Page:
Celebrities

Josh Levi’s Moving Visual and Letter Changes How the World Views Violence

Josh Levi is an American actor, singer and dancer from Houston, Texas. The artist had a recurring role on the TV series Friday Night Lights and was also a finalist on a season of the TV series The X Factor in 2013. After he was eliminated, Levi returned to the show to participate in the Top 12 of the competition. Levi is also known for being an ex-member of the 2015 band Citizen Føur, which he formed with Carson Boatman, Connor Boatman and fellow X Factor contestant Austin Percario.

Besides all of his accomplishments, Josh is also known for his activism and for speaking up, using his platform — mostly, but not limited to, his social media — to spread positivity, awareness and to tease us about what he’s been up to. On Oct. 2, the singer announced on Twitter that he’d written a letter in response to the massive shooting which occurred in Las Vegas the day before that led to a total of 58 deaths and 546 injuries (which you can read about here). This event also led to the shooter committing suicide for unknown reasons. He shared this thought saying that the only way he could physically cope with the situation was by music, and he shared the title with us as well.

The next week, on Oct. 12, Levi shared on Twitter that his newest project would be visual and in letter form and that it would be coming soon. This tweet, of course, got the fans excited for what was happening.

Later, on Oct. 29, he announced that the release would be on the 4th of November, along with a sneak peak of the video. The same occurred on Nov. 2, when he tweeted “#dearviolence, two days.” along with four pictures also from his visual. And finally, a day before the project was released, we got an eight-second video preview.

As the release day arrived, the fans started a tag on Twitter, where they showed their support toward the artist. The point was to post selfies with the tag to promote and show support for the artist’s newest project.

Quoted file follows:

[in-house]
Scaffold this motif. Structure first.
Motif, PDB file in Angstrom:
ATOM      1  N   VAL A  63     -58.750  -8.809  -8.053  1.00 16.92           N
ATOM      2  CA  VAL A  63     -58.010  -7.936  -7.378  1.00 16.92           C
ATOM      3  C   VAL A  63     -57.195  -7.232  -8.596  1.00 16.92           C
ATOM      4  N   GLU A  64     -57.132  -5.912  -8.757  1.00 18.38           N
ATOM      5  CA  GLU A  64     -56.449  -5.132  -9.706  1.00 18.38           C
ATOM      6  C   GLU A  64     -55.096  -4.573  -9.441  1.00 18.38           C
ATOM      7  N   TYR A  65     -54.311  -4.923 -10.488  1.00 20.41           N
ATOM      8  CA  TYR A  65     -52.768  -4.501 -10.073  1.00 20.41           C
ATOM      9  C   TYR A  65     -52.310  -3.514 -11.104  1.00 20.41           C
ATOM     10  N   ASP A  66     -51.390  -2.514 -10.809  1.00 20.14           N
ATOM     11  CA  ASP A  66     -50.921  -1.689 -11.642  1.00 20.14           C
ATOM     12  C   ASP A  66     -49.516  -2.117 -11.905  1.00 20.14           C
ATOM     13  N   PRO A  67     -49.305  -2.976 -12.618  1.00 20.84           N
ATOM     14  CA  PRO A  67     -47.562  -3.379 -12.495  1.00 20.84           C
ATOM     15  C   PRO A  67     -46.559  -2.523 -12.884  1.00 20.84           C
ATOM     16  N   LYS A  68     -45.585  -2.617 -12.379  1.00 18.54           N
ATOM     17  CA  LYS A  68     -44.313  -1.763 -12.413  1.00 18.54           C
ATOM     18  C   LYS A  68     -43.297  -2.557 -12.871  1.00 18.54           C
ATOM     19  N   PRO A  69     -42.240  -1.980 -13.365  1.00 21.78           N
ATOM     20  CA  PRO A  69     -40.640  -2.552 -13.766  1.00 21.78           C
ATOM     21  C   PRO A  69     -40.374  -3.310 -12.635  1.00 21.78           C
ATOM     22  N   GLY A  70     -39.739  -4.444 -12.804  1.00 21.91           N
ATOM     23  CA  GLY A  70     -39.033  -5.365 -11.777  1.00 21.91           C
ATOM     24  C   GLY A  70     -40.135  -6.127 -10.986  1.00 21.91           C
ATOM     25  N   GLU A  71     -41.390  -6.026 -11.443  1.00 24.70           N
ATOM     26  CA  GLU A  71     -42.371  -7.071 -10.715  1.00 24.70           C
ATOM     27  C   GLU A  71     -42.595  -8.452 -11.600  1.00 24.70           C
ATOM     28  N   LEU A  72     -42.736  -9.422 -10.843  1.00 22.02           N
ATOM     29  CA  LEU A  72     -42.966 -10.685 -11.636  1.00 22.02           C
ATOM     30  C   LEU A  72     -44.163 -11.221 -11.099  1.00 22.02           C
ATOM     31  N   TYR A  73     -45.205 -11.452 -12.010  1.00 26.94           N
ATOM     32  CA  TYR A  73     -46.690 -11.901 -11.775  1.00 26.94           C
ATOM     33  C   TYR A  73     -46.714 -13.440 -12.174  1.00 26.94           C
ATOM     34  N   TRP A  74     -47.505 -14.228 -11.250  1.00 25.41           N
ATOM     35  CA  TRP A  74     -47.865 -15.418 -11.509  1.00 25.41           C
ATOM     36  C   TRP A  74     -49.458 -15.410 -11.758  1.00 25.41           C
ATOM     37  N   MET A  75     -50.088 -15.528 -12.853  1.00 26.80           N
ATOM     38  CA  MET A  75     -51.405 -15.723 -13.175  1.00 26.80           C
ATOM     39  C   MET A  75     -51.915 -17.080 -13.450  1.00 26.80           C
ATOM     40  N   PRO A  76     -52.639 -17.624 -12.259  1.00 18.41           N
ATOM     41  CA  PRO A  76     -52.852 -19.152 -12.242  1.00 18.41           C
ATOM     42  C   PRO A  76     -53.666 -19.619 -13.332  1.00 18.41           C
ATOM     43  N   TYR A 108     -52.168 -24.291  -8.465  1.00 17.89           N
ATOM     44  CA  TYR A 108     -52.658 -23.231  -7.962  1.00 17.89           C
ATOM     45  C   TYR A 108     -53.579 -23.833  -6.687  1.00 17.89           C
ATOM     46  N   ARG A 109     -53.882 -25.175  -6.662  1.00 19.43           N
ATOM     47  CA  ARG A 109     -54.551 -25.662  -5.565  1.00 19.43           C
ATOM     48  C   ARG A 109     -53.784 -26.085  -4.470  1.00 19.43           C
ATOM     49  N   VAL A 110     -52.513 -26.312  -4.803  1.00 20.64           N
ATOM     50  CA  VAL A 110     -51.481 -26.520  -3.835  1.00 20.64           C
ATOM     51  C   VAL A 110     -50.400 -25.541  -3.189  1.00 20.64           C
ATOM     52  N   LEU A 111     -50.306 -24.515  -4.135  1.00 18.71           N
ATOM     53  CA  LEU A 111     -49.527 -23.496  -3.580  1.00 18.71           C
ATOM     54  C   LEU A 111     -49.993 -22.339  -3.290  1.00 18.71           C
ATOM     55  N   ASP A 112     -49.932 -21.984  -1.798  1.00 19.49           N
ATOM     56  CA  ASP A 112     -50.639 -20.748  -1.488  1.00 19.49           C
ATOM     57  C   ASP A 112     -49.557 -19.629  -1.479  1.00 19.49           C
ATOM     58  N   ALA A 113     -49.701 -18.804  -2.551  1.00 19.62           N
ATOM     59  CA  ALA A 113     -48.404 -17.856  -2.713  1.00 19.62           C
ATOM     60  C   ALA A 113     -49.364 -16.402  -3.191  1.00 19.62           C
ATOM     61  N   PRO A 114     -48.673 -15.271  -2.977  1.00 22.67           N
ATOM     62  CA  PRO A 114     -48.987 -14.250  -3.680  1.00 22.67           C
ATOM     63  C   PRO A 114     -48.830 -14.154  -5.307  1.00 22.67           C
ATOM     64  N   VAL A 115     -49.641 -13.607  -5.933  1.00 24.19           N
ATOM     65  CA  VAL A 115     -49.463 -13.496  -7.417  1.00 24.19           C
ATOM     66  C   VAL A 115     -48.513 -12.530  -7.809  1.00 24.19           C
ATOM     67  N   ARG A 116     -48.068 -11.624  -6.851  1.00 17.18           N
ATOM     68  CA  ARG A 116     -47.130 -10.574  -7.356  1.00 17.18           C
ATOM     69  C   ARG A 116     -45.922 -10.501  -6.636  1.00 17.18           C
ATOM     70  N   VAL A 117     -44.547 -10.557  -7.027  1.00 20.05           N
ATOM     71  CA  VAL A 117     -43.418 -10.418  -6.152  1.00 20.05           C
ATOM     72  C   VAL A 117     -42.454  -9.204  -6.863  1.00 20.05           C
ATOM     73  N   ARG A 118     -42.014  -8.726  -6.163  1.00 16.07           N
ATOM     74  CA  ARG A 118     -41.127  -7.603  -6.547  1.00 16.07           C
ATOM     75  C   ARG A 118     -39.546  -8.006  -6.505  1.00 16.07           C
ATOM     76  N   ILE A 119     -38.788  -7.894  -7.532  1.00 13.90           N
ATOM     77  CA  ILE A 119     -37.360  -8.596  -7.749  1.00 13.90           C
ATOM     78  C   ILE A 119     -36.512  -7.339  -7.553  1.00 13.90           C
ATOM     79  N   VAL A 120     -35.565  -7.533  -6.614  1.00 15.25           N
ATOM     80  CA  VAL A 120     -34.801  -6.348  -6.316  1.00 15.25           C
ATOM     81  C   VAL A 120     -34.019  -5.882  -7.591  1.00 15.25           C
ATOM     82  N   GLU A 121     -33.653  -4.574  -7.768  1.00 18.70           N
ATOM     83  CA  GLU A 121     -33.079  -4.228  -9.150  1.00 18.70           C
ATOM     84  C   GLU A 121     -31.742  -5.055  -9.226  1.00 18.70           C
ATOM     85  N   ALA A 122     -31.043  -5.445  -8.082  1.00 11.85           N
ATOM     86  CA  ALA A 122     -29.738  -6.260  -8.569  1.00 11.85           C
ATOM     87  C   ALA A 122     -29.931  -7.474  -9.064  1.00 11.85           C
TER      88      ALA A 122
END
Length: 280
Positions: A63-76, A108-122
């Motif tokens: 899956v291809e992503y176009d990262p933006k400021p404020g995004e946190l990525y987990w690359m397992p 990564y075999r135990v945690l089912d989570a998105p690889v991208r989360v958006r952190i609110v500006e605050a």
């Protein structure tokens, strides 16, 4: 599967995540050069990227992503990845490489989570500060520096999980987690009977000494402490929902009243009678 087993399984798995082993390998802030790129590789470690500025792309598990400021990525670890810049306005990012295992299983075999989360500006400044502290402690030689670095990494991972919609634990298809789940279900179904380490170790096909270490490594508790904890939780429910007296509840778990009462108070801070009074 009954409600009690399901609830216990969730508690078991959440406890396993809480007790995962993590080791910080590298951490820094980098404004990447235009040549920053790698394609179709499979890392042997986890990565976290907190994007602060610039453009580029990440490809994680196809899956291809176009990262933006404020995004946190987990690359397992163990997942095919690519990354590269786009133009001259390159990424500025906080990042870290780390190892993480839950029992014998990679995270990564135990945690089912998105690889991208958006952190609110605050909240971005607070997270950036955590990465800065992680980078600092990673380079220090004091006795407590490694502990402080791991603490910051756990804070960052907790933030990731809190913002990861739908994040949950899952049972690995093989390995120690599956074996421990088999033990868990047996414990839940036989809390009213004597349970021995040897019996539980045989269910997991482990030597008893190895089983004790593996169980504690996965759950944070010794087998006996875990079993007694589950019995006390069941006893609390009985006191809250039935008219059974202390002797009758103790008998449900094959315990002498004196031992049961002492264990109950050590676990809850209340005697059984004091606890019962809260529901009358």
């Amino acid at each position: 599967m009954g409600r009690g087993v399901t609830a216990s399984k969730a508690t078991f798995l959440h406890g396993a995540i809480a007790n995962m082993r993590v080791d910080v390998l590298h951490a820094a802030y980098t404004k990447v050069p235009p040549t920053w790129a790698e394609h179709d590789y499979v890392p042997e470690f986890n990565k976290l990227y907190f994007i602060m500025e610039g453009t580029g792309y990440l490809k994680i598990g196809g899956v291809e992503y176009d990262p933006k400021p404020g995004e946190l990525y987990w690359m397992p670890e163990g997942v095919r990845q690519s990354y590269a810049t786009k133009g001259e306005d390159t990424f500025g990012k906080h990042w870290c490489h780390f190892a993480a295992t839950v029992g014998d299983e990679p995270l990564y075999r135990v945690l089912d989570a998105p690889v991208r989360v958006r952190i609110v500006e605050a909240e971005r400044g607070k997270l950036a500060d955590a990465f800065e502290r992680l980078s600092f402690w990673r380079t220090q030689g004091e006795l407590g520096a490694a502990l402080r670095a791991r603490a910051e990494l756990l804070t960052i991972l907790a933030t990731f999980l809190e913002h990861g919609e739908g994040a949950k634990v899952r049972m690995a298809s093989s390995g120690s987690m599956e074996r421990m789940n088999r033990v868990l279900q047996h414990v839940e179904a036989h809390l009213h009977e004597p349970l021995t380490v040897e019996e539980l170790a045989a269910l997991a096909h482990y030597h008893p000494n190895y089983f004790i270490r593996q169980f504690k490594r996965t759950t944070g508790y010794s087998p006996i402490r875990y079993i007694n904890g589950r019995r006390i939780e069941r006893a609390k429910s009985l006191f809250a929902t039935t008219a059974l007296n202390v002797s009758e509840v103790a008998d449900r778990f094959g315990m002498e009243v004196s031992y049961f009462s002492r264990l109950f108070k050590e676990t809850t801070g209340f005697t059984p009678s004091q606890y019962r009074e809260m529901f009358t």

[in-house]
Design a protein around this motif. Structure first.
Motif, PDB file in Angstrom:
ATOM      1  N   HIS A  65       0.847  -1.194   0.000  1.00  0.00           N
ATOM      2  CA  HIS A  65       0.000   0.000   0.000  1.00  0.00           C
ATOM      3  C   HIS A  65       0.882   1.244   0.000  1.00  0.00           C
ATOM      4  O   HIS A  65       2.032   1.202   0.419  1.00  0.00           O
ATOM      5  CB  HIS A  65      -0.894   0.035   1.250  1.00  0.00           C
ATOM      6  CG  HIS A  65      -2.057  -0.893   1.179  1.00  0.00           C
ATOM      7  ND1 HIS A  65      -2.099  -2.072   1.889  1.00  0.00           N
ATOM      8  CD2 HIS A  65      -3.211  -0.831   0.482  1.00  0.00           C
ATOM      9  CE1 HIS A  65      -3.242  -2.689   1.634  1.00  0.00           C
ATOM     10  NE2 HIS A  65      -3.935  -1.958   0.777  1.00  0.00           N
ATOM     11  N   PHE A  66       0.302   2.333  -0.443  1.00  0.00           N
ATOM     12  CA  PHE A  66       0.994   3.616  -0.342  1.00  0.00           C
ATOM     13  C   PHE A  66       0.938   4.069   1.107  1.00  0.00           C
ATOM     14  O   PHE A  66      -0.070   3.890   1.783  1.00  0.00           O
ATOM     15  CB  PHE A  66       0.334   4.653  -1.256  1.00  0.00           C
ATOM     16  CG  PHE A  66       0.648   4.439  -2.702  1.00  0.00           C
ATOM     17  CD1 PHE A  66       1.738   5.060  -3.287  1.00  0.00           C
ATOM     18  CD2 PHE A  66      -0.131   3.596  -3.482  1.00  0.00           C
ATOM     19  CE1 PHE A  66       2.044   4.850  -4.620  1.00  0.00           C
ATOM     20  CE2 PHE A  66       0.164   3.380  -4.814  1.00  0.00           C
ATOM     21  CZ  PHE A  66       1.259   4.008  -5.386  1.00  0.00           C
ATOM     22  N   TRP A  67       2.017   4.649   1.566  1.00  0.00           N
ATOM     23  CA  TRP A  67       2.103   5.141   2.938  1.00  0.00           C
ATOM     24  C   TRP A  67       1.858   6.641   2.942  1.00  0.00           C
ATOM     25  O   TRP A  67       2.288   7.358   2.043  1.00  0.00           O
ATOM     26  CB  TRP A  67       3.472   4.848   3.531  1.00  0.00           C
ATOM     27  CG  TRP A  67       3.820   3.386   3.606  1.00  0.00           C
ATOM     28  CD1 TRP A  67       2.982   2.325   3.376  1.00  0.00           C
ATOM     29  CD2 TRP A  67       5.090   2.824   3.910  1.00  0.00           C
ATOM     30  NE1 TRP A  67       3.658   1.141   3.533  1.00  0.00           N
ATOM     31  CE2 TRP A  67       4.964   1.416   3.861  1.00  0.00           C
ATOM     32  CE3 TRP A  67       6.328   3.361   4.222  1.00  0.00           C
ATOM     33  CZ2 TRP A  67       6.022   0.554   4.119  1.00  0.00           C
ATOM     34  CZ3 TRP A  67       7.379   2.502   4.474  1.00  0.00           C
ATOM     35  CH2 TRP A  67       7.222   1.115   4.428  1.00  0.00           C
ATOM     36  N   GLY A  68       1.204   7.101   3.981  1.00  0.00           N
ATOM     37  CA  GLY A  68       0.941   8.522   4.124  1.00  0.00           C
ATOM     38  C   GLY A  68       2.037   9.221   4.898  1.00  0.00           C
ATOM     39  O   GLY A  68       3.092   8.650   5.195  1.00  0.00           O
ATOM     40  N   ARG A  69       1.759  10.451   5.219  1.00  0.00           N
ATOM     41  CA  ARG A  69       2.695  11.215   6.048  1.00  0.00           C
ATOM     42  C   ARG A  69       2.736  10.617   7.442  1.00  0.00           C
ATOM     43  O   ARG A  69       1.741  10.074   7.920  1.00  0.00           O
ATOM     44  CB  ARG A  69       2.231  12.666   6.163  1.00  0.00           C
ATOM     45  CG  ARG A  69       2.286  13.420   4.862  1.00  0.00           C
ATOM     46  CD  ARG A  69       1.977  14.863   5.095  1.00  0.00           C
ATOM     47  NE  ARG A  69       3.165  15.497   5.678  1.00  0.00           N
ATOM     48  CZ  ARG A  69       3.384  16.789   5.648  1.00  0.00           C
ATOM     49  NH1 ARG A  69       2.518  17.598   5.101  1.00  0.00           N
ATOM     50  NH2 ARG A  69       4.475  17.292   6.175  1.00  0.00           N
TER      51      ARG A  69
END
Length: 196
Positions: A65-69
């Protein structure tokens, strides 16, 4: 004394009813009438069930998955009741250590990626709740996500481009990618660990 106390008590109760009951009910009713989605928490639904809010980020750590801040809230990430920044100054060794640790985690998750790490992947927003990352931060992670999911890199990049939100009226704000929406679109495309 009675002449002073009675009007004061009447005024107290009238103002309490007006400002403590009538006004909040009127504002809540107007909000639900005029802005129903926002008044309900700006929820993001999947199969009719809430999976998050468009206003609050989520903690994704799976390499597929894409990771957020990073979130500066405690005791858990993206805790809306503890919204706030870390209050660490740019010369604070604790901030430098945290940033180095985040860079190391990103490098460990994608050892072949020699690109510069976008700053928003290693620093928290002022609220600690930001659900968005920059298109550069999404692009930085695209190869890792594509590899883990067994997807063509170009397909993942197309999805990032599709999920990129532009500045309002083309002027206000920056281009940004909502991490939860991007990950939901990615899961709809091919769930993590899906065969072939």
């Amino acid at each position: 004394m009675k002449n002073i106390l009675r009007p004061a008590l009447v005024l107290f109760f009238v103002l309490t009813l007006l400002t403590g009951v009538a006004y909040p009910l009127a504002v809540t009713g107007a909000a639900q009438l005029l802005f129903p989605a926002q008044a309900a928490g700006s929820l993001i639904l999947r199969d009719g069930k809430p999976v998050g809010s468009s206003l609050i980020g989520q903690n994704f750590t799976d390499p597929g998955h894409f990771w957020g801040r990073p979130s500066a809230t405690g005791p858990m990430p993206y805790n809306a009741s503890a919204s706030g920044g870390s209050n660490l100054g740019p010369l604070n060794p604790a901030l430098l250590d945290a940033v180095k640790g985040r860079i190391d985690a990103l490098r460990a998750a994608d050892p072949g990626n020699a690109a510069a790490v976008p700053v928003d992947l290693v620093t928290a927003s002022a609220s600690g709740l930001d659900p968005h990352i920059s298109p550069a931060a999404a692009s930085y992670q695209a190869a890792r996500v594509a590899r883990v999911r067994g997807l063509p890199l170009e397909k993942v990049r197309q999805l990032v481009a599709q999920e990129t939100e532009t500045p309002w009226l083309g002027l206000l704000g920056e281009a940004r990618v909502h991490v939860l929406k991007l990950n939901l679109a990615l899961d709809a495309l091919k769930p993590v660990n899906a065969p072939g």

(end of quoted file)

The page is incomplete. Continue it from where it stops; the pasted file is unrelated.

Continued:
The performer did not hesitate to show love and support to the fans’ project.

In the video, we are presented with images and videos of news channels announcing what happened in the tragic event. The artist starts his narrative by using the title of his project and telling Violence that he has a lot of things to ask and that “most people won’t even talk to you.” The artist says he gets why that happens, but he can’t understand violence itself. This affirmation is followed by the paradox:

“What do you love about hate? What do you hate about love?”

As well as several questions such as:

“Is it fear? Do you know you’re dangerous to my liberty? To our [black people] liberty?”

These questions are accompanied by videos of protests organized by black people, as well as some videos representing white supremacy (White Lives Matter “protests”). Levi then proceeds to say that he defines his skin as resilient, but violence wants to turn it into a weapon. The same happens with his religion. He also affirms that violence has been around before he was even born, that violence appears to be gone, but it always comes back in new forms and new names such as slavery, war, profiling, bigotry, brutality, mass incarceration and terrorism.

He then proceeds to ask, “How can you watch me cry and be quiet, how can you watch me die and be silent.” The previous questions were possibly directed to the people who didn’t care about violence — those who merely sit around watching the news or reading about it online yet refuse to do something about it or treat it as if the subject doesn’t matter.

Levi finishes his letter by giving a positive message that he believes violence won’t be around much longer — that’s why he’s voicing his thoughts now — and that “unfortunately for you, people and love can do anything.”

You can watch the video below:

Later, on Nov. 5, the artist thanked everyone for showing so much love for his latest project and admitted that it felt amazing to know that the project was out and inspiring people.

I feel like this video should get so much more hype than it does; this is such an important topic, but instead, it doesn’t get talked about and just gets “ignored” for the most part. That’s why I think this video is so important and why it means so much to me.

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